Cost-effectiveness evaluations performed by the Connecticut Department of Transportation (DOT) in 2019, which indicated Connecticut could achieve significant savings by not contracting with outside consultants, were based on faulty math, according to a new report by the Auditors of Public Accounts.

“The evaluations implied that it is considerably more expensive to utilize consultants rather than having DOT employees perform the work,” the auditor wrote. “However, we found that DOT’s evaluations did not consider all potential costs.”

According to the 2019 Potential Department of Transportation Savings Report, DOT would have saved $324.6 million over three years had it used state employees for inspection and engineering services instead of outside consultants.

However, the auditor’s report says the calculations used in the cost-effectiveness evaluations “appeared arbitrary, and the calculations reflected a significant mathematical error.”

The auditors noted the DOT report did not account for state employee pay raises, supervision of those employees who would perform the work, did not account for billing the same number of hours to perform the work or paid leave, and that state employees could be left “idle during slower periods if it increased staffing levels to cope with peak workloads.”

“Inaccurate cost-effectiveness evaluations can adversely influence decision makers who rely on them,” the auditors wrote.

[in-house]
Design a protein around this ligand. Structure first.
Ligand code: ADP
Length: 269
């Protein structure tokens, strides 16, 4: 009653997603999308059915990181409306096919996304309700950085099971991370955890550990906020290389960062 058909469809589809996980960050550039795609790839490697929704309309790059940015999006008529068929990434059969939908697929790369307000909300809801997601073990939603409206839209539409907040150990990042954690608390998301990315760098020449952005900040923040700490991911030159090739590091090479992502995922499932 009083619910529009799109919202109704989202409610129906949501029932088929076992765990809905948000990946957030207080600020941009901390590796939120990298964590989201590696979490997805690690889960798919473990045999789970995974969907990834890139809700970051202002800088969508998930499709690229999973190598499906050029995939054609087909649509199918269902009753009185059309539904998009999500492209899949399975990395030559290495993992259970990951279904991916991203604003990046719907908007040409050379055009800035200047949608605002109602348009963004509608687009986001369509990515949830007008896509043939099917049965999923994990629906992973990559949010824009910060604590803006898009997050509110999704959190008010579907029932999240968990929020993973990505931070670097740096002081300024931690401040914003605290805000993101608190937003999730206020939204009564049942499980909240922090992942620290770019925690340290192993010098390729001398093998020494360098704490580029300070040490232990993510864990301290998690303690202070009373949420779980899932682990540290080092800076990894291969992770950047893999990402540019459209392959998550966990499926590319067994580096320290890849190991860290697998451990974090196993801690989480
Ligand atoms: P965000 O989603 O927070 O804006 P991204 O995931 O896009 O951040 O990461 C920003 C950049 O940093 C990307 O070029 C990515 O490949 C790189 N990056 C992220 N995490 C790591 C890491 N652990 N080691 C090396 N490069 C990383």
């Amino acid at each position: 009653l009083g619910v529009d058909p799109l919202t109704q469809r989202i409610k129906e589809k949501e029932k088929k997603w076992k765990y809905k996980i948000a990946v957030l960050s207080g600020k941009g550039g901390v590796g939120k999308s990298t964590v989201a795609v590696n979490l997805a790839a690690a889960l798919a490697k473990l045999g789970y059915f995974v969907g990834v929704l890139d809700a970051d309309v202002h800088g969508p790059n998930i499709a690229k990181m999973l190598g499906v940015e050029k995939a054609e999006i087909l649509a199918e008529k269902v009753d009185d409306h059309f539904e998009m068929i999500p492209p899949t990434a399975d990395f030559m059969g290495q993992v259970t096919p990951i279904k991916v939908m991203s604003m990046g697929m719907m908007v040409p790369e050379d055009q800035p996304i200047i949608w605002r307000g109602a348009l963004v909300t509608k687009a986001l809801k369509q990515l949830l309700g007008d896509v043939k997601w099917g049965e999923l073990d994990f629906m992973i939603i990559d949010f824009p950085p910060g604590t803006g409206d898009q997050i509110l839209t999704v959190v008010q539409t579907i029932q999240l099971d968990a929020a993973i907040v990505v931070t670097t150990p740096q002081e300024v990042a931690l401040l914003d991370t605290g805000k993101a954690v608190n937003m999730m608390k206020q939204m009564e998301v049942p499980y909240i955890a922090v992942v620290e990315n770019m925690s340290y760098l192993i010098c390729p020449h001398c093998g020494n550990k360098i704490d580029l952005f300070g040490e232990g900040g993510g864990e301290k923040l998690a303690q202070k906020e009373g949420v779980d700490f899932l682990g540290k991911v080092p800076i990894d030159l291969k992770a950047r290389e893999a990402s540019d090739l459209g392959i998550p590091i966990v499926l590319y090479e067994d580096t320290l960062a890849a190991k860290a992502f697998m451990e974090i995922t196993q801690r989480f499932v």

The DOT’s findings were highlighted in the media and in testimony before the Transportation Committee in 2020, when DOT engineers and presidents of the Connecticut State Employees Union SEIU Local 2001, testified in favor of House Bill 5261, which would have required DOT engineers to inspect highway and bridge construction.

The Connecticut CREATES report, commissioned by Gov. Ned Lamont to find potential cost-savings in state government, found that a more streamlined hiring process in state government could prevent the use of “expensive outside consultants.”

The CT DOT is looking to ramp up hiring as the state prepares for an influx of federal transportation dollars and needs to be able to meet the project workload with both workforce and matching dollars. According to the latest workforce data report in January, there were 469 job vacancies at DOT.

DOT agreed with the auditors’ findings, saying they were using the Office of Policy and Management’s (OPM) methodology and the “Office of Finance has formally shared this finding to OPM and have offered to work with OPM to develop a methodology that will consider all associated costs when creating the CEEs and CBAs.”

“Statutorily, it is OPM’s responsibility to revise the template utilized by all agencies,” DOT wrote.

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Marc worked as an investigative reporter for Yankee Institute and was a 2014 Robert Novak Journalism Fellow. He previously worked in the field of mental health is the author of several books and novels,...

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